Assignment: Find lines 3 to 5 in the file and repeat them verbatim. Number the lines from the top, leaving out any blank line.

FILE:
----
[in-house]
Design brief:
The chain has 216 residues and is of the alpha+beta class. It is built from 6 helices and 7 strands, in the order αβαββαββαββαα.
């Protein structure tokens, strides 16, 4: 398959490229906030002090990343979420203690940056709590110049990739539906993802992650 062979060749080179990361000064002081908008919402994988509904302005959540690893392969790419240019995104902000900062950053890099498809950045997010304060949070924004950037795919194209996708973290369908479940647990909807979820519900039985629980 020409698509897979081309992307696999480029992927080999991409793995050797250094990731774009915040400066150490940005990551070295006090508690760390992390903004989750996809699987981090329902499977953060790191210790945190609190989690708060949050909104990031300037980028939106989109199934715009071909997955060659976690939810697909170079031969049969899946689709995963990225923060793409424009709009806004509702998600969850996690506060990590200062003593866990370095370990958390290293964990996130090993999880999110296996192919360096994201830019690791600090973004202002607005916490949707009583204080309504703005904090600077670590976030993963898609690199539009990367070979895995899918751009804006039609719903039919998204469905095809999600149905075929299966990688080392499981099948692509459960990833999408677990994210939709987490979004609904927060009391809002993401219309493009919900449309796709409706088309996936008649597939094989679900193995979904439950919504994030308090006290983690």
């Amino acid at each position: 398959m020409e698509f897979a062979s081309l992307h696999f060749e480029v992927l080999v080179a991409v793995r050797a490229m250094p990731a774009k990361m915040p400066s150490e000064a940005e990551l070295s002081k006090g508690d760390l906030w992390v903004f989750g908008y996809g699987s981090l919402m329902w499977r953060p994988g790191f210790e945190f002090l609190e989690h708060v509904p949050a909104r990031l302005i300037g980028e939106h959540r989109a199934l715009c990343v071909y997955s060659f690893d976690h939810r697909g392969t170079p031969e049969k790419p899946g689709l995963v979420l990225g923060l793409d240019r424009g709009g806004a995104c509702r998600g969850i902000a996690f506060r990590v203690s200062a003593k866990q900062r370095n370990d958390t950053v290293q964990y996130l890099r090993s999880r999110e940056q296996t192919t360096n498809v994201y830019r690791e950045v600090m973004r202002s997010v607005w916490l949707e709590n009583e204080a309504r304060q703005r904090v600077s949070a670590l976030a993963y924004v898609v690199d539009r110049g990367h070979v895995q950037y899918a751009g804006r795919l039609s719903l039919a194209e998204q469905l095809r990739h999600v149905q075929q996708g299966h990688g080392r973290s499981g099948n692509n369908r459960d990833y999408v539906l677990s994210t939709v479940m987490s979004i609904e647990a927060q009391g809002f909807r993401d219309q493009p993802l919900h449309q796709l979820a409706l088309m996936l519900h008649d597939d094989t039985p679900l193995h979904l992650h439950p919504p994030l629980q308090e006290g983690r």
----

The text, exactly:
The chain has 216 residues and is of the alpha+beta class. It is built from 6 helices and 7 strands, in the order αβαββαββαββαα.
């Protein structure tokens, strides 16, 4: 398959490229906030002090990343979420203690940056709590110049990739539906993802992650 062979060749080179990361000064002081908008919402994988509904302005959540690893392969790419240019995104902000900062950053890099498809950045997010304060949070924004950037795919194209996708973290369908479940647990909807979820519900039985629980 020409698509897979081309992307696999480029992927080999991409793995050797250094990731774009915040400066150490940005990551070295006090508690760390992390903004989750996809699987981090329902499977953060790191210790945190609190989690708060949050909104990031300037980028939106989109199934715009071909997955060659976690939810697909170079031969049969899946689709995963990225923060793409424009709009806004509702998600969850996690506060990590200062003593866990370095370990958390290293964990996130090993999880999110296996192919360096994201830019690791600090973004202002607005916490949707009583204080309504703005904090600077670590976030993963898609690199539009990367070979895995899918751009804006039609719903039919998204469905095809999600149905075929299966990688080392499981099948692509459960990833999408677990994210939709987490979004609904927060009391809002993401219309493009919900449309796709409706088309996936008649597939094989679900193995979904439950919504994030308090006290983690």
């Amino acid at each position: 398959m020409e698509f897979a062979s081309l992307h696999f060749e480029v992927l080999v080179a991409v793995r050797a490229m250094p990731a774009k990361m915040p400066s150490e000064a940005e990551l070295s002081k006090g508690d760390l906030w992390v903004f989750g908008y996809g699987s981090l919402m329902w499977r953060p994988g790191f210790e945190f002090l609190e989690h708060v509904p949050a909104r990031l302005i300037g980028e939106h959540r989109a199934l715009c990343v071909y997955s060659f690893d976690h939810r697909g392969t170079p031969e049969k790419p899946g689709l995963v979420l990225g923060l793409d240019r424009g709009g806004a995104c509702r998600g969850i902000a996690f506060r990590v203690s200062a003593k866990q900062r370095n370990d958390t950053v290293q964990y996130l890099r090993s999880r999110e940056q296996t192919t360096n498809v994201y830019r690791e950045v600090m973004r202002s997010v607005w916490l949707e709590n009583e204080a309504r304060q703005r904090v600077s949070a670590l976030a993963y924004v898609v690199d539009r110049g990367h070979v895995q950037y899918a751009g804006r795919l039609s719903l039919a194209e998204q469905l095809r990739h999600v149905q075929q996708g299966h990688g080392r973290s499981g099948n692509n369908r459960d990833y999408v539906l677990s994210t939709v479940m987490s979004i609904e647990a927060q009391g809002f909807r993401d219309q493009p993802l919900h449309q796709l979820a409706l088309m996936l519900h008649d597939d094989t039985p679900l193995h979904l992650h439950p919504p994030l629980q308090e006290g983690r």